Geoff Green

Photo Courtesy of Mel Di Giacomo

I came to know Jay and his family only after I was hired as Jay’s first assistant. It is surprising I was offered the job, you see Jay boasts of his technical ineptitude and yet he brought me on. A recent graduate with a degree in anthropology, working as a waiter on the Upper East Side and not a clue what a strobe pack and head were. That’s the thing about Jay, he was more concerned I appreciated the education I had – he asked during the interview if I regretted not getting a degree in photography or art, I replied no, studying people and cultures can apply to anything – and was willing to learn, keep a keen eye, but most importantly, push a broom. He told me later my candor was appreciated during the interview. In fact I was too naïve to realize who I was interviewing with, not being nervous or impressed by Jay and the building/studio was my greatest asset. The indoor basketball court made me think I was in an old school gymnasium, not a former bank.

Luckily Jay relies mostly on that big old sun in the sky as a light source. Of course it meant early mornings, late evenings, looking at shadows and a lot of time for lunch. No not lunch for me, I was running film to the lab, looking at clip tests and stressing over exposure for no real reason, each roll was always so heavily bracketed the clip tests were worthless. This was in the pre-digital era. You might be led to think I had it easy, Jay doesn’t actively light a scene. He uses what is available, waits for the right time, or finds the best vantage point and preaches traveling light; carrying too much gear becomes cumbersome and limits your ability to shoot. Unless of course you have an assistant, then it is everything but the kitchen sink. Ever try carrying a 500mm f4 plus all the usual gear (camera bodies, film, batteries, other lenses, unused model releases, never used speedlights, etc) while attempting to keep up through the crowds of a St. Patrick’s Day or Yankee parade? Good thing he’s tall and I could spot his head with a camera pressed to it from a distance. And don’t forget you have to keep those bodies loaded with film, oh man would he get cranky when the next camera wasn’t ready. Ugh, thinking about it is making my shoulders sore. I hear he is happy with the new 28-300mm, where was that when I needed it?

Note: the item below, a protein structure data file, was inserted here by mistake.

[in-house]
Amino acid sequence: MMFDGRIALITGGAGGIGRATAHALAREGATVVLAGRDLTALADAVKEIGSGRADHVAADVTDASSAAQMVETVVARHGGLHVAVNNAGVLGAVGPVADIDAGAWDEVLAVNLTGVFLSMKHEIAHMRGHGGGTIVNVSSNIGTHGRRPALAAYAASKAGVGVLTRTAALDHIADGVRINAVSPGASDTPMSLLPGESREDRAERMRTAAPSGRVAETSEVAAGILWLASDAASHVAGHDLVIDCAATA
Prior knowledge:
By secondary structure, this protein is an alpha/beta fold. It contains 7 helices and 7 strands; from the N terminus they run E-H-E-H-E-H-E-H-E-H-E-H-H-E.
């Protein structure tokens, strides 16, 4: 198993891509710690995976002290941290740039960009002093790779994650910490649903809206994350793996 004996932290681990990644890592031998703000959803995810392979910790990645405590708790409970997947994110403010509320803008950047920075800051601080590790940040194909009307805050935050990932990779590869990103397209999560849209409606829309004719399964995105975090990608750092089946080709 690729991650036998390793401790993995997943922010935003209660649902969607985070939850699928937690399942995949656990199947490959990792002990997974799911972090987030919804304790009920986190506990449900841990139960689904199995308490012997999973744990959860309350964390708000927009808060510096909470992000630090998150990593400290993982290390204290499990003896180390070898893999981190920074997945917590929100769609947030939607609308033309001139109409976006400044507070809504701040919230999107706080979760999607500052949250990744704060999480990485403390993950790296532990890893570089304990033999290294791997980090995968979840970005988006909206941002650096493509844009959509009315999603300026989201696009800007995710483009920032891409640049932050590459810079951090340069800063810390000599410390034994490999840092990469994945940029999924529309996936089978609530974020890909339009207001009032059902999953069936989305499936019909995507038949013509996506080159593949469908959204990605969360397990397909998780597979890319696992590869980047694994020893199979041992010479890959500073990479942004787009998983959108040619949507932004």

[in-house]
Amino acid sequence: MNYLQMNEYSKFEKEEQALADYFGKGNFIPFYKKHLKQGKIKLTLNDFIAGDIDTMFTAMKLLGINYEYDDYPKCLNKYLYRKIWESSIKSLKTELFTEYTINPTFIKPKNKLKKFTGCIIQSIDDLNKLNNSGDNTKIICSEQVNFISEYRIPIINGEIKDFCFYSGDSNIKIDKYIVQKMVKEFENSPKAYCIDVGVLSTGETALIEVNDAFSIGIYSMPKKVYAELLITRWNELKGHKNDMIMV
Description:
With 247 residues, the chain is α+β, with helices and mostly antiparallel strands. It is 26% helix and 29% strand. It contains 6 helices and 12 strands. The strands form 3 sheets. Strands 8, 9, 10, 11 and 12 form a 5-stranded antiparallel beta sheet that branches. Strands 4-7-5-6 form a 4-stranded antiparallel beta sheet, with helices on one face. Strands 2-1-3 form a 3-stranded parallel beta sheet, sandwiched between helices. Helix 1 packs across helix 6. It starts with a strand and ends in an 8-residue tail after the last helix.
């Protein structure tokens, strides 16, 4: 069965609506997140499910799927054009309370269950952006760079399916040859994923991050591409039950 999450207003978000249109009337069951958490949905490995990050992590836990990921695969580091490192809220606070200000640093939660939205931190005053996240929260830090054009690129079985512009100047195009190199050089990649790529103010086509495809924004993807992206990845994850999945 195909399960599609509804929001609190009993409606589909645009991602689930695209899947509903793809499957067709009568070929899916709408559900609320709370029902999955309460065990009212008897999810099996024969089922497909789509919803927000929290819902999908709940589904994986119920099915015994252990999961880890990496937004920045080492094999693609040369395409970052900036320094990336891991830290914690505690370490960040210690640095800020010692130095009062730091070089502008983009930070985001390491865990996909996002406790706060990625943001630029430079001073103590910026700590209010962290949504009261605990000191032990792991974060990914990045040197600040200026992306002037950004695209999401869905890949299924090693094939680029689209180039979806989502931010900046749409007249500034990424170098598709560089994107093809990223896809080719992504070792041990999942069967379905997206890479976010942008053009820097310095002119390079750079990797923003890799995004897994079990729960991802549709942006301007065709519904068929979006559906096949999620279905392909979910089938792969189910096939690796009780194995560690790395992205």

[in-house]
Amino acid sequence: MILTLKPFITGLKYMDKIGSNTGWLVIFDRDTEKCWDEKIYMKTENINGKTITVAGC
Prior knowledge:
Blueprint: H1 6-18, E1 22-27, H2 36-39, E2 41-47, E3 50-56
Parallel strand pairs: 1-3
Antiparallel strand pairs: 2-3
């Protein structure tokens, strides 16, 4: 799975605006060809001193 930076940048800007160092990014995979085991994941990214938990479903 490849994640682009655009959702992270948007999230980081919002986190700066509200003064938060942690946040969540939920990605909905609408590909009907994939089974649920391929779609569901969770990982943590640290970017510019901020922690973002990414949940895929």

All in all it was a great experience working for Jay. The opportunity to explore the massive film and print files, travel, meet and build relationships with the crazy cast of characters he calls friends. Not to mention fixing toilets, cleaning the sidewalk, pretending I had a clue when replacing light switches and checking on the always temperamental boiler. But most importantly Jay was and is my surrogate NYC father, his family has always felt like my family and this is what I appreciate most. Thanks Jay – Happy Birthday!

- Geoff Green, 1st Assistant 1997-2001